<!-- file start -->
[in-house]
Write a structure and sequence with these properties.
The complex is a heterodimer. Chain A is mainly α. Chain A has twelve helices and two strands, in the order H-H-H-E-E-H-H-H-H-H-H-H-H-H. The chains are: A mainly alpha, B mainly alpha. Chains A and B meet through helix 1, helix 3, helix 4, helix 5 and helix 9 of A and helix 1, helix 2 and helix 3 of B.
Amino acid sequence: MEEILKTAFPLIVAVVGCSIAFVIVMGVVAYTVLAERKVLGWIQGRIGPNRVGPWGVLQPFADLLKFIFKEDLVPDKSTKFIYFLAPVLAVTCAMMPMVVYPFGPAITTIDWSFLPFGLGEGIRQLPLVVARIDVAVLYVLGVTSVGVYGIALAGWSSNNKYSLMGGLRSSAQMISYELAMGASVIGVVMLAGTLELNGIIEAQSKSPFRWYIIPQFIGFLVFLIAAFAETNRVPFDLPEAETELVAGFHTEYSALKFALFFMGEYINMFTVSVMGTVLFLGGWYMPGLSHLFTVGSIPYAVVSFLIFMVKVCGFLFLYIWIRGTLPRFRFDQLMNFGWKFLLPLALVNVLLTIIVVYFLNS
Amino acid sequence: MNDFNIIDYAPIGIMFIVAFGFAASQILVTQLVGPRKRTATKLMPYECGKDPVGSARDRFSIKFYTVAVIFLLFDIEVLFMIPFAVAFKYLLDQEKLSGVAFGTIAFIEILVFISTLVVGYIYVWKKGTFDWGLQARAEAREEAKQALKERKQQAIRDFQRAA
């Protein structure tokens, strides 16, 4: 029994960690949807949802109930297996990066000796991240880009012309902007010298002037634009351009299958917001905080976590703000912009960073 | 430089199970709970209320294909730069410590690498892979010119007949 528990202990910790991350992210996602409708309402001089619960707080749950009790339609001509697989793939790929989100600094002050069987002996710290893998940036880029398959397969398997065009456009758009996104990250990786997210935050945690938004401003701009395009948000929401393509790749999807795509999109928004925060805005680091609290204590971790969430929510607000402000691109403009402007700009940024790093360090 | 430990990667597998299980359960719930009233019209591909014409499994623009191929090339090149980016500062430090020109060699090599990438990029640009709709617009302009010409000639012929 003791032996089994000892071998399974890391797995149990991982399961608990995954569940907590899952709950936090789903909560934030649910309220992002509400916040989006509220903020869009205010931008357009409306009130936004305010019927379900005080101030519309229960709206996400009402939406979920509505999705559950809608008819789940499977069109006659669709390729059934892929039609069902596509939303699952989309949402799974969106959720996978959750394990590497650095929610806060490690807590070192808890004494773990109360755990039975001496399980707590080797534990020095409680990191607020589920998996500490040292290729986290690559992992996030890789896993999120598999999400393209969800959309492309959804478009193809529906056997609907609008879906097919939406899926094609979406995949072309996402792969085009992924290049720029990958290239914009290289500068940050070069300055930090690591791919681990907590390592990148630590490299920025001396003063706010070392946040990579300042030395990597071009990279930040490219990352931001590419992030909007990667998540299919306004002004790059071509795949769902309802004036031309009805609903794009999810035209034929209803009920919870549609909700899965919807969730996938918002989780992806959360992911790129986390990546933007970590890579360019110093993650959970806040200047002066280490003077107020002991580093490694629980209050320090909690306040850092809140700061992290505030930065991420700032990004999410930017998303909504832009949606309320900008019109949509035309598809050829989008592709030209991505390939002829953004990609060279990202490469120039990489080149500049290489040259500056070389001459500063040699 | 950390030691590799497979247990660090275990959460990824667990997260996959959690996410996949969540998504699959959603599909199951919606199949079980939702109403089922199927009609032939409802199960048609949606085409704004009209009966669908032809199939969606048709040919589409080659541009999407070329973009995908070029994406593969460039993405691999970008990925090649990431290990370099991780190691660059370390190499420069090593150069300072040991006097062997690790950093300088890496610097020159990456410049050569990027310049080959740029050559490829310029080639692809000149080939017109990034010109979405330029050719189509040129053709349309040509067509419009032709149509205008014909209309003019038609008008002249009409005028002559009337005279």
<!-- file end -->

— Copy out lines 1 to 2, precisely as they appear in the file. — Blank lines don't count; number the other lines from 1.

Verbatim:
[in-house]
Write a structure and sequence with these properties.